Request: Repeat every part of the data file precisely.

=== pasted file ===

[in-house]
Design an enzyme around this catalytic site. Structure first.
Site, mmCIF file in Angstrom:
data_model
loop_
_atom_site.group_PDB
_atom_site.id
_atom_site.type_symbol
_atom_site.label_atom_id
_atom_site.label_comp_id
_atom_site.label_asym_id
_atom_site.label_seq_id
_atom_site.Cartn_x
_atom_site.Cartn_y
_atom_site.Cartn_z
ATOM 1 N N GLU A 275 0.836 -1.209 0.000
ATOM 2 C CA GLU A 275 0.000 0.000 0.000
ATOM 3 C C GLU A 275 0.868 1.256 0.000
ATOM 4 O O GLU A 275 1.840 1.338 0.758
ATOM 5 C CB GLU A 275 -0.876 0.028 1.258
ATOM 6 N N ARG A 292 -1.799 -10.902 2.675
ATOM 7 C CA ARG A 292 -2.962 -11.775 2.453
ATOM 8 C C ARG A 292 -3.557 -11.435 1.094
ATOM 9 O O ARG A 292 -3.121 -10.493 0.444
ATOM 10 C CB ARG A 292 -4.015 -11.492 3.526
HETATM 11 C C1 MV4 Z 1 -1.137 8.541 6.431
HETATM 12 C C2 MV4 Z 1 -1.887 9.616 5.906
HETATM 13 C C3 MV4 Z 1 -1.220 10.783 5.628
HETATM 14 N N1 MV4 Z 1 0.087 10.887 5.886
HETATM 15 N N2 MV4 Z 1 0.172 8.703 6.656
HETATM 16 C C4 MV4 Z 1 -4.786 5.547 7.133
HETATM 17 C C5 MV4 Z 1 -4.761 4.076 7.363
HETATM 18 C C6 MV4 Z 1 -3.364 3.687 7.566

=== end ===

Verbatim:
[in-house]
Design an enzyme around this catalytic site. Structure first.
Site, mmCIF file in Angstrom:
data_model
loop_
_atom_site.group_PDB
_atom_site.id
_atom_site.type_symbol
_atom_site.label_atom_id
_atom_site.label_comp_id
_atom_site.label_asym_id
_atom_site.label_seq_id
_atom_site.Cartn_x
_atom_site.Cartn_y
_atom_site.Cartn_z
ATOM 1 N N GLU A 275 0.836 -1.209 0.000
ATOM 2 C CA GLU A 275 0.000 0.000 0.000
ATOM 3 C C GLU A 275 0.868 1.256 0.000
ATOM 4 O O GLU A 275 1.840 1.338 0.758
ATOM 5 C CB GLU A 275 -0.876 0.028 1.258
ATOM 6 N N ARG A 292 -1.799 -10.902 2.675
ATOM 7 C CA ARG A 292 -2.962 -11.775 2.453
ATOM 8 C C ARG A 292 -3.557 -11.435 1.094
ATOM 9 O O ARG A 292 -3.121 -10.493 0.444
ATOM 10 C CB ARG A 292 -4.015 -11.492 3.526
HETATM 11 C C1 MV4 Z 1 -1.137 8.541 6.431
HETATM 12 C C2 MV4 Z 1 -1.887 9.616 5.906
HETATM 13 C C3 MV4 Z 1 -1.220 10.783 5.628
HETATM 14 N N1 MV4 Z 1 0.087 10.887 5.886
HETATM 15 N N2 MV4 Z 1 0.172 8.703 6.656
HETATM 16 C C4 MV4 Z 1 -4.786 5.547 7.133
HETATM 17 C C5 MV4 Z 1 -4.761 4.076 7.363
HETATM 18 C C6 MV4 Z 1 -3.364 3.687 7.566